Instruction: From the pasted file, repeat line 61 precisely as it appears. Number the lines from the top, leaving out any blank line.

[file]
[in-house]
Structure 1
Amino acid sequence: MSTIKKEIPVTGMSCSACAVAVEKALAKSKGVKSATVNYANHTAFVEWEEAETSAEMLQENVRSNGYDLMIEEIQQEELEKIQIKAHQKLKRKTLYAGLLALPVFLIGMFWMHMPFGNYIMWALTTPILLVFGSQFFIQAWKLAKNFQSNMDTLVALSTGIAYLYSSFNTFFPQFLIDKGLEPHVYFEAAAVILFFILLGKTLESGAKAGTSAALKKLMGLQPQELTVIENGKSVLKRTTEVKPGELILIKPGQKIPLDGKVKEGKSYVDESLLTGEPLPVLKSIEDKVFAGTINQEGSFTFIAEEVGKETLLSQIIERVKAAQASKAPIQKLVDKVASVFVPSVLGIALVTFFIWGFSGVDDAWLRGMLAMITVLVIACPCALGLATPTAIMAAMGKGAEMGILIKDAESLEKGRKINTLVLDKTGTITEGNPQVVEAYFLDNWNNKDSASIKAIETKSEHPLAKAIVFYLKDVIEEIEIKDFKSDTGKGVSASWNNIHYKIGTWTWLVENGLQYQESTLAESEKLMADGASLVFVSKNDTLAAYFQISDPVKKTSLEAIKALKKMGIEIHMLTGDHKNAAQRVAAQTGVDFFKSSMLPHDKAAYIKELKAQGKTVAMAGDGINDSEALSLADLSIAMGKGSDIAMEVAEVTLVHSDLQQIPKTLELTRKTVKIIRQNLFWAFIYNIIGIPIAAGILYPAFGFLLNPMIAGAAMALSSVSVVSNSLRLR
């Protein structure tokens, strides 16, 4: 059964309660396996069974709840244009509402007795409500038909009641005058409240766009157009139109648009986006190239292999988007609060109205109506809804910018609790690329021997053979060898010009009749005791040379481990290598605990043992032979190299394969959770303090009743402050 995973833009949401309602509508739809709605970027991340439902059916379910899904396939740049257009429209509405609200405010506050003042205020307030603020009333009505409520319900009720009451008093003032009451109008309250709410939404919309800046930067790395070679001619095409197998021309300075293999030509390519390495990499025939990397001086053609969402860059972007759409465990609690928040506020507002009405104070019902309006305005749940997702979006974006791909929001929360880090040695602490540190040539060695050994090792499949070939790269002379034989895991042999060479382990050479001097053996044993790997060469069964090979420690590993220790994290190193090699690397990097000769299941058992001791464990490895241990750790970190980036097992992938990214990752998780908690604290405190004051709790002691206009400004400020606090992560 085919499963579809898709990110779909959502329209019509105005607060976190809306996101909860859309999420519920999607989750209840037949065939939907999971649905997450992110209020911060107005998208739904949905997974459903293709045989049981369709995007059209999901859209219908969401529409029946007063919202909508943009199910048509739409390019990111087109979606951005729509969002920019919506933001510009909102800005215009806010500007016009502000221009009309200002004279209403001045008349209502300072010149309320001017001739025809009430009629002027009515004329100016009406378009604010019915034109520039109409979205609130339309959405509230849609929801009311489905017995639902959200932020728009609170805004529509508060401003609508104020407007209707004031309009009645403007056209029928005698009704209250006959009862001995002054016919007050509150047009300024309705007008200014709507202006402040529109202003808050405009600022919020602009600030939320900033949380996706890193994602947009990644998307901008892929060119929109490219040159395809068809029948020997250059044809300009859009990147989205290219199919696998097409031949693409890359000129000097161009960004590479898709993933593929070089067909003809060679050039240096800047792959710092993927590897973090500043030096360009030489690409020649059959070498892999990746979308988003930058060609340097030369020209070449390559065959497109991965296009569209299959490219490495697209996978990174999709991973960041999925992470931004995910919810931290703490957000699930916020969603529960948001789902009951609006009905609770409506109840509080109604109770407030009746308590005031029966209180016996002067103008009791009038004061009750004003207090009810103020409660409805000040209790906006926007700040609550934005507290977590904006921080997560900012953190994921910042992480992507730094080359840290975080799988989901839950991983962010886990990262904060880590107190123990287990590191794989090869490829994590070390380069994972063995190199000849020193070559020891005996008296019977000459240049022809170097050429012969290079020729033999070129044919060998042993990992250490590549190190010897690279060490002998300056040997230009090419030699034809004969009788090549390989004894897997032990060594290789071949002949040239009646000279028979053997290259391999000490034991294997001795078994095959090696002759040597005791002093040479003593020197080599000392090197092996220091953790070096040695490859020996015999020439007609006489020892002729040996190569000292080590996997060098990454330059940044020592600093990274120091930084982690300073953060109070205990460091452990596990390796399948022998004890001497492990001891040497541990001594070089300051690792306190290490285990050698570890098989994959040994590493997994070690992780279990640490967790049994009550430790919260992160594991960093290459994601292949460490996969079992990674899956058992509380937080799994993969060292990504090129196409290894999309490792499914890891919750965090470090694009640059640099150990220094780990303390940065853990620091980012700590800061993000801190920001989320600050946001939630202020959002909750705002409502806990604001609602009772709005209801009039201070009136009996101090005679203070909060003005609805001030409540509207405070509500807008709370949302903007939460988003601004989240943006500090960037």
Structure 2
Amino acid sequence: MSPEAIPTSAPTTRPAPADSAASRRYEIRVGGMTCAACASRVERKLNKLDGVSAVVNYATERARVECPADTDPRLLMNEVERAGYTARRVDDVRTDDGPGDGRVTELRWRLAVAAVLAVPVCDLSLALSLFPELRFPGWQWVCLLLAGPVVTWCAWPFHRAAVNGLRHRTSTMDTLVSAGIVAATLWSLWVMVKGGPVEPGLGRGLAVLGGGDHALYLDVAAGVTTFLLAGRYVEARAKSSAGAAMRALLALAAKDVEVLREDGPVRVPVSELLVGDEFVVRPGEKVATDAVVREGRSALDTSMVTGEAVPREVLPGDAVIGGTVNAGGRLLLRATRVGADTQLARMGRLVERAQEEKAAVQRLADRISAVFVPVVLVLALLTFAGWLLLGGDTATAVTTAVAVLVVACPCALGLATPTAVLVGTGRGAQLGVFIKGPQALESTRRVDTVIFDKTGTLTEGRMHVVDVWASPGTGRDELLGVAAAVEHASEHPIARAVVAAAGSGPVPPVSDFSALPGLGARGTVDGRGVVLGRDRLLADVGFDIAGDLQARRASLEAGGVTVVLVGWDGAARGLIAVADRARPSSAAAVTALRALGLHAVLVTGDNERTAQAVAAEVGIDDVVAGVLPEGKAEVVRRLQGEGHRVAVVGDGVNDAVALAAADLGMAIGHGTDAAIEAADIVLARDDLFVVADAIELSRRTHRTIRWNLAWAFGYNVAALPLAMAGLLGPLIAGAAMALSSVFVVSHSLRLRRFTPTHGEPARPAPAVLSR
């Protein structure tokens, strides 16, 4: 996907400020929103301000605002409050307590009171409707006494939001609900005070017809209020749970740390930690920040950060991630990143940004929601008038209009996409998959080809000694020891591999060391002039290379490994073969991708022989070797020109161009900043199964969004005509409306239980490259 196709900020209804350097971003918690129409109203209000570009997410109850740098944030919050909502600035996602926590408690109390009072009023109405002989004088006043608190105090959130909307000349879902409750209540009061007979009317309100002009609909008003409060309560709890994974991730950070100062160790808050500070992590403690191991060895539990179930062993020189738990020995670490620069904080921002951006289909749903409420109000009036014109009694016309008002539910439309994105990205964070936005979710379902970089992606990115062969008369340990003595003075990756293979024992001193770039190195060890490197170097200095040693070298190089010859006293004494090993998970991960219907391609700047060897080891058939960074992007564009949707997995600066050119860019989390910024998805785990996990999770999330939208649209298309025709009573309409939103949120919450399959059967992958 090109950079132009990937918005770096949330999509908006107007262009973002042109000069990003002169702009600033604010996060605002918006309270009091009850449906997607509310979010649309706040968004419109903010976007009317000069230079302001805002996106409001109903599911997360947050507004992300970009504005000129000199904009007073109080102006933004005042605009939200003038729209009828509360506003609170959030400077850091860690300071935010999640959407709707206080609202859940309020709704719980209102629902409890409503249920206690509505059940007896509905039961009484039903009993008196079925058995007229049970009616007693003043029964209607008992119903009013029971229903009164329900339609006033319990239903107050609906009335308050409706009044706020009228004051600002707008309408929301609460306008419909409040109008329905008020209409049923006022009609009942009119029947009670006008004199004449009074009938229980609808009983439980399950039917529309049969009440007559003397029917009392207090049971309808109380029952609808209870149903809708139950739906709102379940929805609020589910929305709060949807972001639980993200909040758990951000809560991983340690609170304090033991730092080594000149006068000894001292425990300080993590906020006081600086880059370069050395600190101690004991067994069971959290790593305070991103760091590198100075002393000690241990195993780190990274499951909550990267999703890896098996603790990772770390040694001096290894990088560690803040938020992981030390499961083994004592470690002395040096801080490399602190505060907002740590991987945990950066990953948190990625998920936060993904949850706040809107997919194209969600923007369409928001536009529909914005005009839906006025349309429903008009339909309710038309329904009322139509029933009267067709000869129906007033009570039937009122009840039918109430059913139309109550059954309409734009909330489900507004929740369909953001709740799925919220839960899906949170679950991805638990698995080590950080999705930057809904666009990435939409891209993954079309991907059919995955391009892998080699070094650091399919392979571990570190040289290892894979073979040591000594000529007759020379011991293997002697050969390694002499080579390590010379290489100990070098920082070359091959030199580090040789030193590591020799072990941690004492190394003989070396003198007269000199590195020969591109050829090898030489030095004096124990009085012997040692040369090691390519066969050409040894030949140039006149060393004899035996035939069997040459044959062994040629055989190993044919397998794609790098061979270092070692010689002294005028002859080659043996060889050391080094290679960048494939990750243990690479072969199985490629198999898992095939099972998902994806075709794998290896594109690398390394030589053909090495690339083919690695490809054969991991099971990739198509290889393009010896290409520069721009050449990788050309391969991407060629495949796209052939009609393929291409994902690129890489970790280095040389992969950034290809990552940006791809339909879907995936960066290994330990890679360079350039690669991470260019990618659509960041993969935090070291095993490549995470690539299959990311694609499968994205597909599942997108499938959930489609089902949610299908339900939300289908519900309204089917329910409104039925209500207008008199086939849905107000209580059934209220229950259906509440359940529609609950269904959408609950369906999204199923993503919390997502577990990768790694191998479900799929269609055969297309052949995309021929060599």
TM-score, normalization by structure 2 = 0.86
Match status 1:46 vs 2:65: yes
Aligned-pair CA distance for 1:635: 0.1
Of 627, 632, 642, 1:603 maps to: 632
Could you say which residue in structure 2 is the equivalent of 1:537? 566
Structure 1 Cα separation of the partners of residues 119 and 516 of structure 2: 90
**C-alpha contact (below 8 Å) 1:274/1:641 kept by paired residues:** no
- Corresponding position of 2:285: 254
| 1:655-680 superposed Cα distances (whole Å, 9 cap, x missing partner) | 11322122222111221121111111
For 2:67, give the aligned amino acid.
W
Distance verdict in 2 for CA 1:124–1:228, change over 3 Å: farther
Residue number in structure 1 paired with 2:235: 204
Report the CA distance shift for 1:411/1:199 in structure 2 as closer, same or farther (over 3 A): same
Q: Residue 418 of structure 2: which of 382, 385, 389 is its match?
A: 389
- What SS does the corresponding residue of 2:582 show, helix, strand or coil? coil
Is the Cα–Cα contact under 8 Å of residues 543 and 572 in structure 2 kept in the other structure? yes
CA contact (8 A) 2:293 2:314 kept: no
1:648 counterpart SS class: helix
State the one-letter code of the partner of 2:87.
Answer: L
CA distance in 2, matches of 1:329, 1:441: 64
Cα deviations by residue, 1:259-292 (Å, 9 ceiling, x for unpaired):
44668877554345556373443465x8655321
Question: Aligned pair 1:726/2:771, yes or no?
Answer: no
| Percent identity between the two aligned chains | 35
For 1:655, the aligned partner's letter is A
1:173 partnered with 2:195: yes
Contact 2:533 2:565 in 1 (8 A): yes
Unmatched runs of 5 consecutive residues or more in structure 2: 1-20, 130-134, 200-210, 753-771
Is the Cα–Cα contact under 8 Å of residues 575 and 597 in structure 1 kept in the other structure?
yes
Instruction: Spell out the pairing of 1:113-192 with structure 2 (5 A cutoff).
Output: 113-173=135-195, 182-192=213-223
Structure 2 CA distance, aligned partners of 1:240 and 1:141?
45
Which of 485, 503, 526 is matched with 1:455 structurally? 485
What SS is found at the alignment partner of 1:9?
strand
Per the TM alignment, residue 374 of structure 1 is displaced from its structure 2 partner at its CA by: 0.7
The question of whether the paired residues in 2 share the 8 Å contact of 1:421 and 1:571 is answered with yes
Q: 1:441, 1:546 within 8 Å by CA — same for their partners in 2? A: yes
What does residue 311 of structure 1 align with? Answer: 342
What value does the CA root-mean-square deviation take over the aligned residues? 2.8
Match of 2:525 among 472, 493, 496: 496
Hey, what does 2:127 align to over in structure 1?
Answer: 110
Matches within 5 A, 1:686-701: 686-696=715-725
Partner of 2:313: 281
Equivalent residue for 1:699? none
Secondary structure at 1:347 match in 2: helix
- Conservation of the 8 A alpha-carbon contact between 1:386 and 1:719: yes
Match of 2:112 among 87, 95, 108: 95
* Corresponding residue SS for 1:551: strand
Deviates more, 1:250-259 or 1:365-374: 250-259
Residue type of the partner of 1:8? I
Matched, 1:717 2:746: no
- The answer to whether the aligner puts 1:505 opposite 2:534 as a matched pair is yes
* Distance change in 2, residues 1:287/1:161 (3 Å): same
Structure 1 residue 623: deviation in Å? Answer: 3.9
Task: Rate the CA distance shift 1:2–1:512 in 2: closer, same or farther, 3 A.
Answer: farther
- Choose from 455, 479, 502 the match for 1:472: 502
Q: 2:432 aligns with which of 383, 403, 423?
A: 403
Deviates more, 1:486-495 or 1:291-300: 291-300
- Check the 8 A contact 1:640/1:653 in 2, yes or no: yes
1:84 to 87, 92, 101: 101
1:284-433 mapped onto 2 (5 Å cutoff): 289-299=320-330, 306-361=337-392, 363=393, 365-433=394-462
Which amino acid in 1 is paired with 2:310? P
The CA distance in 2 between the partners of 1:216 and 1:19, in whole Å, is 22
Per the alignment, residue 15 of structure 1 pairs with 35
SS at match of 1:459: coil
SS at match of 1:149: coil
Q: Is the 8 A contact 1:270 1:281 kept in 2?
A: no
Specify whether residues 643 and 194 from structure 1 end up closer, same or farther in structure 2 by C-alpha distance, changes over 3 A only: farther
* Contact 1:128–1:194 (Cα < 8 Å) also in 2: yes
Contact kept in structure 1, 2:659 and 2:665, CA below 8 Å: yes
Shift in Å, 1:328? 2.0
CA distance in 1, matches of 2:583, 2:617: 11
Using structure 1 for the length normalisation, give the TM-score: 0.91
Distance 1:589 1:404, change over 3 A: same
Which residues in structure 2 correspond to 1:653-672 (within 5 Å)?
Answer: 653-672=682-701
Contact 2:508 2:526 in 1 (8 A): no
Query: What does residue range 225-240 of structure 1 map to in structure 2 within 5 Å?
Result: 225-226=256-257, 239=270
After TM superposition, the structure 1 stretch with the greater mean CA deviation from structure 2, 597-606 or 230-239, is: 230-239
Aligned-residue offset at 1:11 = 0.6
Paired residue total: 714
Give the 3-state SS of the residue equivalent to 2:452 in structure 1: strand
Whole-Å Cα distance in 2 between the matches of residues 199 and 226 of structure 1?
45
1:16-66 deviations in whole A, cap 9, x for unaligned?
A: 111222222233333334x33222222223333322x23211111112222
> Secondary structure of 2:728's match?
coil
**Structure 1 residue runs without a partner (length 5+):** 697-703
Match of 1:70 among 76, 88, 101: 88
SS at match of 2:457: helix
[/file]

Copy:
- Conservation of the 8 A alpha-carbon contact between 1:386 and 1:719: yes